Naturally, I read all sorts of stuff on Obama and gay marriage yesterday. My favorite is John Cassidy’s because it’s almost exactly what I had been thinking (and since he’s already written it up so nicely):
Obama’s stance in 2008 was a product of careful cost-benefit analysis, and so, I would wager, was his reversal yesterday. This was primarily about internal Democratic politics. Confronted with an enthusiasm deficit (think about those empty seats in Ohio) and a dollar deficit (think about Karl Rove and his super-duper Super PAC), Obama needed to fire up his base, gin up some more campaign contributions, and head off a damaging row. (Supporters of same-sex marriage were threatening to stage a floor fight at the Democratic Convention.) In saying the words “I think same-sex couples should be able to get married,” he accomplished all of these things at some political cost nationally, but one that he and his advisers evidently decided was bearable…
Why then did he change course? To repeat, I suspect it came down to cost-benefit analysis. Because of the internal dynamics of the Democratic Party, the costs of sticking with his previous position of supporting civil unions but opposing gay marriage had become too high. Faced with the threat of an embarrassing battle at the Convention in Charlotte, a story in today’s Times makes clear, the President and his advisors had already acknowledged that he would have to change course sometime before September. The only question was when. Turning necessity into an opportunity, they decided to try and get ahead of the game.
Not surprisingly, I also really like John Sides‘ very political-sciencey take. Short version: please, you are way overestimating how this will impact the election outcome. Slightly longer:
3) What percentage of people really make the decision about whether to vote based on the candidates’ positions on a single issue? And what percentage of voters are truly persuadable in terms of the candidate they support? Why would these voters make a decision about whom to vote based on Obama’s position on gay marriage? Are these “marginal” voters the kinds of people who are likely to follow the news closely enough to know Obama’s position? If particular groups of voters might be turned on/off by the president’s announcement, what fraction of the electorate do those voters comprise? Are those voters located in battleground states? If so, in what proportion?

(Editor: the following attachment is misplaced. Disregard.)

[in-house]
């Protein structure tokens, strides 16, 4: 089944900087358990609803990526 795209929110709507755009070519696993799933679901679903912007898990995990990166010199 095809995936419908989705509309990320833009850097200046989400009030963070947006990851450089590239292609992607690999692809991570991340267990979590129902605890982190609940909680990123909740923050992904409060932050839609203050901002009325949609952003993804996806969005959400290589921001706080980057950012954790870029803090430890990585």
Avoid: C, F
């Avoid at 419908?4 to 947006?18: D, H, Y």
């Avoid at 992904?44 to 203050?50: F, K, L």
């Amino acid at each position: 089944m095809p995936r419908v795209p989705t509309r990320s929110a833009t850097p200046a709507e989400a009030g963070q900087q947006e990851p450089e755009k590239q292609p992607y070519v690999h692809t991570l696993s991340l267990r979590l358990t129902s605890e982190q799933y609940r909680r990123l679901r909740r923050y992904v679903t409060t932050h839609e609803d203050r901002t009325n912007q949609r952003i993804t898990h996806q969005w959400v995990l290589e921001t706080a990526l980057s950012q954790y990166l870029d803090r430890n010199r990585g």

My prediction is that, once these factors are put together and doing the math—small changes in attitudes among small numbers of voters, etc., etc.—it’s not likely that Obama’s announcement will be a significant factor in November. In the meantime, if pundits want to speculate, these are the questions they should ask and answer.
And, he even runs some numbers:
Now imagine a world in which every person who opposes same-sex marriage now “somewhat favors” it. How much would Obama’s vote share increase? 4.7 points.
On a quasi-related note– really interesting Will Saletan piece that looks at the evolution of society’s views on gay marriage.
And, finally, the least related note– the reporter from Mischpacha– an Orthodox Jewish magazine– seemed incredulous that I didn’t say that this whole thing doomed Obama. As for the mission of Mischpacha? ”Mishpacha aims to deliver timely analysis of world events that impact Jewish people and to provide informative and compelling features in a format suitable to readers striving to live by Torah standards.”